In the right hand column the bottom graphic says attempted suicide and there is a graphic of two tablets one is purple and one is blue.  The blue circle contains the number 4% and the purple circle contains the number 57%.

Based on a 2012 study of 433 individuals. Travers R, Bauer G, Pyne J, Bradley K, for the Trans PULSE Project: Gale L, Papadimitriou M (2012).

Impacts of Strong Parental Support for Trans Youth: a report prepared for Children’s Aid Society of Toronto and Delisle Youth Services. Based on a resource produced by Trans Student Educational Resources:

How teachers can help transgender young people and their family relationships

School staff, including teachers can help by:

  • working with young people to agree what they need from their parents/carers
  • speaking on behalf of a young person who cannot tell their parents/carers what they need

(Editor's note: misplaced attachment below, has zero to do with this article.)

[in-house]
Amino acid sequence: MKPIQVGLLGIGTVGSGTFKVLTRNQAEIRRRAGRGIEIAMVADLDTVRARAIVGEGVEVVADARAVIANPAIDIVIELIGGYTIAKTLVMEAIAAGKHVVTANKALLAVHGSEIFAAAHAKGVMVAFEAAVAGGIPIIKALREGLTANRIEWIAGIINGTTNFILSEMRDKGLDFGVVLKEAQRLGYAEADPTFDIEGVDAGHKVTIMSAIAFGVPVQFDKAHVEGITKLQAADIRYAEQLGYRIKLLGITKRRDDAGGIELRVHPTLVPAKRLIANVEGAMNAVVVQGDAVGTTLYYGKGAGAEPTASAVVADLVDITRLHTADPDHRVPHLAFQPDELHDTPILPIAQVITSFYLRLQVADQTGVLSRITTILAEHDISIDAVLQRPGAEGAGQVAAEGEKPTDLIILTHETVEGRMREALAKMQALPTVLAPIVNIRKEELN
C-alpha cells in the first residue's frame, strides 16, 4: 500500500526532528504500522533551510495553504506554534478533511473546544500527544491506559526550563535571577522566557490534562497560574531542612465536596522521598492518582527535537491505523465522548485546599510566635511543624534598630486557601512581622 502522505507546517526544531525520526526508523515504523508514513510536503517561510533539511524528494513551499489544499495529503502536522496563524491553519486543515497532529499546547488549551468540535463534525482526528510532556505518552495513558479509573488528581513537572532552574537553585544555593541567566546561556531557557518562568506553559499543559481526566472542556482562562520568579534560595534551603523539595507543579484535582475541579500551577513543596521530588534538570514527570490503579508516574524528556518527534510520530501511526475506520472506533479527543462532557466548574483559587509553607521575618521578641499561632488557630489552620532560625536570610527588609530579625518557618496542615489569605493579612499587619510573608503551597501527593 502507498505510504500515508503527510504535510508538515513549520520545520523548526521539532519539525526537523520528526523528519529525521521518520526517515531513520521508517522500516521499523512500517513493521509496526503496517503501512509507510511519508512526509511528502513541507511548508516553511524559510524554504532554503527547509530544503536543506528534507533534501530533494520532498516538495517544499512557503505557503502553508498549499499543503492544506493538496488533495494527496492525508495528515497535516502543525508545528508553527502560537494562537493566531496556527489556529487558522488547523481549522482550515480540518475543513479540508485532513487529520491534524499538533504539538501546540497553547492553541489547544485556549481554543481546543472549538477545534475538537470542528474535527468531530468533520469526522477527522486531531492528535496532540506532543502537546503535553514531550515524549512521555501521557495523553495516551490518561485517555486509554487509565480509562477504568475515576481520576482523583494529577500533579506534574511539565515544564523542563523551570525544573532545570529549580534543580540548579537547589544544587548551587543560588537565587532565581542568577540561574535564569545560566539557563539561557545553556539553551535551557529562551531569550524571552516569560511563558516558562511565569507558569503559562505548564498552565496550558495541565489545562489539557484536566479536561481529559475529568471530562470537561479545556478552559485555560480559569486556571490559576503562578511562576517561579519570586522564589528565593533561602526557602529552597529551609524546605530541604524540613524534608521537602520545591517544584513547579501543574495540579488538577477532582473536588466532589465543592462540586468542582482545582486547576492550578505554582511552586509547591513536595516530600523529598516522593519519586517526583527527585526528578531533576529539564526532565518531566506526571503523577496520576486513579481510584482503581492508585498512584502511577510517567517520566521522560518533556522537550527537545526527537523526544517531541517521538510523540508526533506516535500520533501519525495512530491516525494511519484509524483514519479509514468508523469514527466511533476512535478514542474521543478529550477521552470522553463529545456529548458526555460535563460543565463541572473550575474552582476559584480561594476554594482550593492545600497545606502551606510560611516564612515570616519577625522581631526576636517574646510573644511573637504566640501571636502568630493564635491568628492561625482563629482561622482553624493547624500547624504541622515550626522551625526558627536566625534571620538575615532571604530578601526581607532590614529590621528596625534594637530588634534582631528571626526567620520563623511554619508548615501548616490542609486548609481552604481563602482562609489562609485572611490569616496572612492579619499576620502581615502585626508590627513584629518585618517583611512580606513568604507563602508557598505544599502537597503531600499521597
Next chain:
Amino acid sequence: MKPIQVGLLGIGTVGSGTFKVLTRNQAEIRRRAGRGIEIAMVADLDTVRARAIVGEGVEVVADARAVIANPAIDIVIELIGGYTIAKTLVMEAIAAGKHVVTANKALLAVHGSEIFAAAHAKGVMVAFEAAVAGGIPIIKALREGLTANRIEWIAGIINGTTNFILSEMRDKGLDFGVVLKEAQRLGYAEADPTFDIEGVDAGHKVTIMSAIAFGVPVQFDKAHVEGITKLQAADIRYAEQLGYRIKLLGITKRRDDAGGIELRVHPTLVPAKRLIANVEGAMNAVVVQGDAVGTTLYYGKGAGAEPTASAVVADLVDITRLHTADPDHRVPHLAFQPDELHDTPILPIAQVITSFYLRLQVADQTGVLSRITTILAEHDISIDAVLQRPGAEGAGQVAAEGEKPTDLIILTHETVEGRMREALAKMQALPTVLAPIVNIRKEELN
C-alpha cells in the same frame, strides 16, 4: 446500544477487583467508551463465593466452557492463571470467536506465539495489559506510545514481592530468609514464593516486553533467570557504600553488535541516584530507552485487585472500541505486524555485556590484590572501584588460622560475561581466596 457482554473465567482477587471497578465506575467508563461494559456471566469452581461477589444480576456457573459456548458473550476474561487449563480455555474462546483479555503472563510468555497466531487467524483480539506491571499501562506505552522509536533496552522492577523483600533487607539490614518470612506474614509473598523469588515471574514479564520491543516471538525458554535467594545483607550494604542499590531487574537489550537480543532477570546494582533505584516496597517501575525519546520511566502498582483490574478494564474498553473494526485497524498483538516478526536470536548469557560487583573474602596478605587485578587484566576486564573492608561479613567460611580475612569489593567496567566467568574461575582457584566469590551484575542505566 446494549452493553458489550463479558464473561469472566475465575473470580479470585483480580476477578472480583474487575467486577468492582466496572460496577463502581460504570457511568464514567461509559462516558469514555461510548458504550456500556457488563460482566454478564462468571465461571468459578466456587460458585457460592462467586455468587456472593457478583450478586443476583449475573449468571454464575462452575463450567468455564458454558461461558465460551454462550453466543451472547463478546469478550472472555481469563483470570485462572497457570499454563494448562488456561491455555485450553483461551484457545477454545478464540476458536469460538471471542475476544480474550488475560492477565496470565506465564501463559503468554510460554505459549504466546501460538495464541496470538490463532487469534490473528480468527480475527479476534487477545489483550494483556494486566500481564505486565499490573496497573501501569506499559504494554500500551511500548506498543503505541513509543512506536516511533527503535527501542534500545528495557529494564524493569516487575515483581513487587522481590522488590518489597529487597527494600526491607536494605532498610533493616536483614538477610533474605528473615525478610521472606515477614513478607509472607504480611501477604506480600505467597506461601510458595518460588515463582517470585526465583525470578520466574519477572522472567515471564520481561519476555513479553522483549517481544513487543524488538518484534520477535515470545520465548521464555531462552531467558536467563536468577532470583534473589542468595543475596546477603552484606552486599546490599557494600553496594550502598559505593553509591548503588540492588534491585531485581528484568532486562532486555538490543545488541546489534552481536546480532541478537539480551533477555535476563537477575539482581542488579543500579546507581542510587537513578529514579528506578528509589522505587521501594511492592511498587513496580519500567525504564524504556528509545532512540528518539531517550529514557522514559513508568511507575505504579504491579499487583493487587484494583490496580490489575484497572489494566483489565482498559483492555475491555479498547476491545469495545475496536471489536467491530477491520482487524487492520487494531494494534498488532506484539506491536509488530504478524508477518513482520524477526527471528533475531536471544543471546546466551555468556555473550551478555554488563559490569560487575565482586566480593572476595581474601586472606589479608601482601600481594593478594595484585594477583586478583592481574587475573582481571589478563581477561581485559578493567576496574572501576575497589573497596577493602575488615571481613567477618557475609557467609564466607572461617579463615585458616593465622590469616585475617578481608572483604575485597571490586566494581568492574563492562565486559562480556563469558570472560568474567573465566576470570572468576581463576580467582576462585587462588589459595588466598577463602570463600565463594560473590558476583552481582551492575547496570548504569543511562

• providing support or referrals for support to alleviate any distress in the home
  • providing a safe space for transgender young people to be themselves and have their identities respected

Schools have a welfare responsibility towards young people, and may have to support the young person if decisions need to be made about a young person's wellbeing. Teachers should always provide impartial information and guidance which prioritises a young person's wellbeing.

It is important to recognise the contribution parents/carers can make, and to find solutions by working collaboratively with young people.

Good practice

  • If the young person has not told their family, school staff may want to discuss the most likely reaction with the young person. This will allow the teacher and the young person to discuss whether sharing information is in the young person's best interests, and if so, what information to share and with whom.
  • Offer to arrange a meeting with parents or carers; agree this with the young person in advance of the meeting and mutually agree key information to be shared in the discussion and by whom.
  • Listen to the concerns of parents and carers without judging them; respond to concerns calmly; and correct any misconceptions.